A wise old man told me…
Not so long ago I got a real surprise. I was out spending a warm summer afternoon with friends when the fifteen year old nephew of one of them asked for my opinion. I don’t remember exactly what I told him, but I will not forget how he answered me: “That’s wise advice from a wise old man.”
Long ago during my years at Bowdoin College, one of my professors, most assuredly a wise old man himself, suggested to his students that one sign of wisdom might be the ability to recognize how much one does not know. If that is so, maybe my young friend was right. I can certainly do that. Nearly half a century after that classroom discussion amidst the halls of ivy, maybe the roles have changed and it is time for me to accept a new one. Doing that ought to be easier now than it was on another day now past when I was was first informed that “You are a textbook example of a gifted child who was never recognized, never acknowledged, never encouraged.” That took a lot of getting used to.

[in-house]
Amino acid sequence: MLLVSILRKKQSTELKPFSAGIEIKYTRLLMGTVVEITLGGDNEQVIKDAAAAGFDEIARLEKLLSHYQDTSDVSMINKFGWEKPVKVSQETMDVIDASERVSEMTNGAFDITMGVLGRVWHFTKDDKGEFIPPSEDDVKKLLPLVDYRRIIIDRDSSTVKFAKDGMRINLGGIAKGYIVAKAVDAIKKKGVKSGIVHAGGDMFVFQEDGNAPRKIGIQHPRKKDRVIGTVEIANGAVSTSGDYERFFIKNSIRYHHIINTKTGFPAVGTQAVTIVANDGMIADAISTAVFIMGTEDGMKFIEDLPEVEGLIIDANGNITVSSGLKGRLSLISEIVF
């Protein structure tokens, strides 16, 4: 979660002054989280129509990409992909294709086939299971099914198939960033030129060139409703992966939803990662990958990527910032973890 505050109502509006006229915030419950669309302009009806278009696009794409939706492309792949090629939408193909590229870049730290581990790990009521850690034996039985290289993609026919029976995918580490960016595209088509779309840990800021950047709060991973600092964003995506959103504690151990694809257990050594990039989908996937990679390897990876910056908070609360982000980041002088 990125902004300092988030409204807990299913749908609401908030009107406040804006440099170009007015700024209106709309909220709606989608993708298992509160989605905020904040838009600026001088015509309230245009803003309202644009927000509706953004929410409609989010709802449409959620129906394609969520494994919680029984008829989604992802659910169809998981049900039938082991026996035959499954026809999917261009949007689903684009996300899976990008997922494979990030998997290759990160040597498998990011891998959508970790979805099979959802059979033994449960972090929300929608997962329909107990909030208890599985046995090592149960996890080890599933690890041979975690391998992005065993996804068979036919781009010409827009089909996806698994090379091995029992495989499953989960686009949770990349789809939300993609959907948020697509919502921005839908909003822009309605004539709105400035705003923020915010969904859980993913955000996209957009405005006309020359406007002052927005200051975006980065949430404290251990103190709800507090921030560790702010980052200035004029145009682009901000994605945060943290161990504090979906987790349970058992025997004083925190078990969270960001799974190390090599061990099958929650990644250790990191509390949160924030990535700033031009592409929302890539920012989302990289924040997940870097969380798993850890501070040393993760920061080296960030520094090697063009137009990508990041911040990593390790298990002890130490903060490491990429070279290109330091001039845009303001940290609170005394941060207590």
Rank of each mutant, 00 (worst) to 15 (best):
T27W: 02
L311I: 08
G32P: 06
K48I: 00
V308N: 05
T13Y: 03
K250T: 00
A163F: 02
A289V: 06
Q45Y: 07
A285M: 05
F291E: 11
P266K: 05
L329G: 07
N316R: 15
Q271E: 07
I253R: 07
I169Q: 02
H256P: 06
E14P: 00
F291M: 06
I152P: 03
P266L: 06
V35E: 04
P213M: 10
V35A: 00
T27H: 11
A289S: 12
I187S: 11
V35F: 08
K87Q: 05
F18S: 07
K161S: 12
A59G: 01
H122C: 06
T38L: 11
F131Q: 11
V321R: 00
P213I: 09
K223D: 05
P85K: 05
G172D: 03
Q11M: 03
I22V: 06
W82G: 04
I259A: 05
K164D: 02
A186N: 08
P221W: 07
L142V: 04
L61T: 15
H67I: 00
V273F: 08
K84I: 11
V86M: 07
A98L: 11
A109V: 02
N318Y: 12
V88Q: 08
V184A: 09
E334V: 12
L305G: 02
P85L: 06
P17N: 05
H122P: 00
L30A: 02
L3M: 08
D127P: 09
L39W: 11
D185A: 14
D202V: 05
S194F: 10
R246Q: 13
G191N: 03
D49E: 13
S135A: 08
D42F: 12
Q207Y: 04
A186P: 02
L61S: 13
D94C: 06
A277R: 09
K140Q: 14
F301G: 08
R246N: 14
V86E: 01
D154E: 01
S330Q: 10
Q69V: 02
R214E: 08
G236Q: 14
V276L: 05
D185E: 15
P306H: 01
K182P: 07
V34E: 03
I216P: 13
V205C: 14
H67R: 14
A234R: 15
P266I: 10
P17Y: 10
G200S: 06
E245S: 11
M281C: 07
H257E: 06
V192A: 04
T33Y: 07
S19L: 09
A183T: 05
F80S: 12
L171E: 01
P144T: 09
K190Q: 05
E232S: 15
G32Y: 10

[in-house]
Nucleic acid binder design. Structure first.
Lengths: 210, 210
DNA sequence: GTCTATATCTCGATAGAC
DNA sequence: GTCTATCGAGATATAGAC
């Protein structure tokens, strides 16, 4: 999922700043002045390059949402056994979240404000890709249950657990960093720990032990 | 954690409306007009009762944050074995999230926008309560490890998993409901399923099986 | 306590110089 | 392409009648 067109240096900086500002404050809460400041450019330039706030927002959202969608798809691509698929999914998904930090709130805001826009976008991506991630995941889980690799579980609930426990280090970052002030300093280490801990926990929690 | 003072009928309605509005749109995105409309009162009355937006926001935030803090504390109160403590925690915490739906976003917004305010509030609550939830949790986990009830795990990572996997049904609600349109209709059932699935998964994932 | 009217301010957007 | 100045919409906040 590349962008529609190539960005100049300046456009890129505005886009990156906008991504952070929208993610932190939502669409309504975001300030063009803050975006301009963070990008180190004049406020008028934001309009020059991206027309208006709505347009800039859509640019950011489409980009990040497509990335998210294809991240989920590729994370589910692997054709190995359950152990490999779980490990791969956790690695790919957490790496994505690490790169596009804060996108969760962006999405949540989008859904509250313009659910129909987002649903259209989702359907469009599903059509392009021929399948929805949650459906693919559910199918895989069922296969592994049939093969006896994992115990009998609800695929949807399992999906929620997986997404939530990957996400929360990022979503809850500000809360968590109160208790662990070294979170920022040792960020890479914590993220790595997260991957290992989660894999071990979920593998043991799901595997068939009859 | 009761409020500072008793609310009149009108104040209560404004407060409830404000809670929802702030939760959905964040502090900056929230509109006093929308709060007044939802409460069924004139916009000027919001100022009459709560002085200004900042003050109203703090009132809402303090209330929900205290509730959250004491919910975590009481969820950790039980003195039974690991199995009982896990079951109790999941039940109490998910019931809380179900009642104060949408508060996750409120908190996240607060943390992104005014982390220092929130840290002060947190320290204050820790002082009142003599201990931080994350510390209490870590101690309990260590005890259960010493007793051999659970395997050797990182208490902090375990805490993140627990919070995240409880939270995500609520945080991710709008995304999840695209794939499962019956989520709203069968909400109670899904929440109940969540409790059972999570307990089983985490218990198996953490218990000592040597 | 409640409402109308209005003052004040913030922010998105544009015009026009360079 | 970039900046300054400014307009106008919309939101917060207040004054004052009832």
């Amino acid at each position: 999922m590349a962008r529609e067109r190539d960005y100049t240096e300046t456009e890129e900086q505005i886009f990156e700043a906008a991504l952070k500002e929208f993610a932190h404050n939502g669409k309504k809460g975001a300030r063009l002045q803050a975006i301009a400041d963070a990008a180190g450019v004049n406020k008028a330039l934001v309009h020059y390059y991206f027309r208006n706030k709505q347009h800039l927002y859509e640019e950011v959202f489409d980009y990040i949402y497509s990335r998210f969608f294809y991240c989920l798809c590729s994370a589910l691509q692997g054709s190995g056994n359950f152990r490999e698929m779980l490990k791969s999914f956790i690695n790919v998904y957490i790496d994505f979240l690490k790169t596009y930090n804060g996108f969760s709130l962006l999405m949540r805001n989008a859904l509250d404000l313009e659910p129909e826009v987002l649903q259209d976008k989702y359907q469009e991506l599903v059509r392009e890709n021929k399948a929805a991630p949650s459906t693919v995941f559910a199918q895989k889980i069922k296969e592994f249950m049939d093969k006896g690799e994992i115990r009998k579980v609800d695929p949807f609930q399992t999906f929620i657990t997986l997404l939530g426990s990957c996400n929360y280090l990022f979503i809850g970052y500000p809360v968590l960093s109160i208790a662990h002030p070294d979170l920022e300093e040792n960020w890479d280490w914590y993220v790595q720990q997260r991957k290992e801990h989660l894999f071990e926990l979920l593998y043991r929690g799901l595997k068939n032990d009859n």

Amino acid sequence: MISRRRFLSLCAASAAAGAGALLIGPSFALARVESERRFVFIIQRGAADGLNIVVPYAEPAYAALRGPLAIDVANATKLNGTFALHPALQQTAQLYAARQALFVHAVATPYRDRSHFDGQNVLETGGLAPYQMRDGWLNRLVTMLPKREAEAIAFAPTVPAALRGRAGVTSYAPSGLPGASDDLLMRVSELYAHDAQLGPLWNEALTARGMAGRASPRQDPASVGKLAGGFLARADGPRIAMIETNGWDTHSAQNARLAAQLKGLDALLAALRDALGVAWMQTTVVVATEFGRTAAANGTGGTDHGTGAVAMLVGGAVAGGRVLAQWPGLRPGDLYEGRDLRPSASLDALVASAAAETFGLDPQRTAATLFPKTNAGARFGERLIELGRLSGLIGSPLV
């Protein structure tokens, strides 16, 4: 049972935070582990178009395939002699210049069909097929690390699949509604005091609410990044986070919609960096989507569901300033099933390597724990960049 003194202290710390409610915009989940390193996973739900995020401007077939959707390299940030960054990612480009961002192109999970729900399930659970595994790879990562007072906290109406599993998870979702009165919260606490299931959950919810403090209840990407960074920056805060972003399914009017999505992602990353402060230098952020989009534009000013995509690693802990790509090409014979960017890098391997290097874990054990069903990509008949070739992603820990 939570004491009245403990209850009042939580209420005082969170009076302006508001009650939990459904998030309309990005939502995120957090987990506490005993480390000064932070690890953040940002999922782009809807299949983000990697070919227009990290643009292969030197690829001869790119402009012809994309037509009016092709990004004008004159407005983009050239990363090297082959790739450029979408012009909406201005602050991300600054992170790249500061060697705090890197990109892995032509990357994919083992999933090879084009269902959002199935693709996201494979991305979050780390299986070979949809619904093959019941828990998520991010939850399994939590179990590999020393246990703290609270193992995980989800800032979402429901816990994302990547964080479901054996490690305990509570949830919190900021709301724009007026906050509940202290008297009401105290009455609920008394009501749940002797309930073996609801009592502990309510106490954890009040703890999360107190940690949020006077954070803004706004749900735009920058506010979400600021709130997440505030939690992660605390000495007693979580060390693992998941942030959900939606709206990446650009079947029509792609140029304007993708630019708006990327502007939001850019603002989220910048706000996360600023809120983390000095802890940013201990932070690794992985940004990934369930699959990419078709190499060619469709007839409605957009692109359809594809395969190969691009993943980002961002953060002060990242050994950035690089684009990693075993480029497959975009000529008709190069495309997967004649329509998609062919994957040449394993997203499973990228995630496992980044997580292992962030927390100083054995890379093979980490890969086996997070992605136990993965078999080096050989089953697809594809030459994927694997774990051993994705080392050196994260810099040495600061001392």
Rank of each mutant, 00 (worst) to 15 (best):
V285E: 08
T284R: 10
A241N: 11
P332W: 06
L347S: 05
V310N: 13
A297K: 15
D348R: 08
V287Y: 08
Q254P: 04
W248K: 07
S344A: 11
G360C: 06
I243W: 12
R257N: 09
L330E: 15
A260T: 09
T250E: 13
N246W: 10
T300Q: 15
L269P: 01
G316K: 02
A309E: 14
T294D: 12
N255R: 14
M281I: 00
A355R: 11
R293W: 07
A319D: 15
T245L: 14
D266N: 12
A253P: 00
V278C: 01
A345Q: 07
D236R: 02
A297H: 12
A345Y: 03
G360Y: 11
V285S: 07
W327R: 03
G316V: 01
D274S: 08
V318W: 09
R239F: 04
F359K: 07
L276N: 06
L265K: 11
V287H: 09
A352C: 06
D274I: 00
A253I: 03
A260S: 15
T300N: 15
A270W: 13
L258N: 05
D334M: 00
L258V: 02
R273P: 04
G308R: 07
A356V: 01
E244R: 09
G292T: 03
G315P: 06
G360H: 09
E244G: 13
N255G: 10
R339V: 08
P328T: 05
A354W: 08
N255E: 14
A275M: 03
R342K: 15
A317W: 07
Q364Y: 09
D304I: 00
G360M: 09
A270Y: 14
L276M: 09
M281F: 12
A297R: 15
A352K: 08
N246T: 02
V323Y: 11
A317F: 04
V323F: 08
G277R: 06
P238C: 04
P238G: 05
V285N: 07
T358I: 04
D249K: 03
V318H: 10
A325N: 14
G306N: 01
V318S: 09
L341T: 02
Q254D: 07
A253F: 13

I’ve said this before and you will no doubt hear it from me again…in dealing with the issue of gifted kids who have not been recognized or acknowledged or challenged or whatever, whether they are still kids wondering what’s happening to them or adults who know something got lost along the way but can’t figure out what it was, whether the person of concern is the kid next door or you yourself…the part that truly counts is the answer to the question, “What are you going to do about it?”
In my case the answer is to accept what has happened and share everything I have learned from it. Those of you who have read some of my work already know that it is my habit to prepare in depth for tasks I can see coming. That’s what I have been doing in these recent blog entries…telling you about myself, setting the stage for sharing some of my insights and opinions that might be of interest to others. If that’s what being a wise old man who wants to pass on what he learned by surviving being a kid who was too smart for his own good, so be it.
Let’s do it.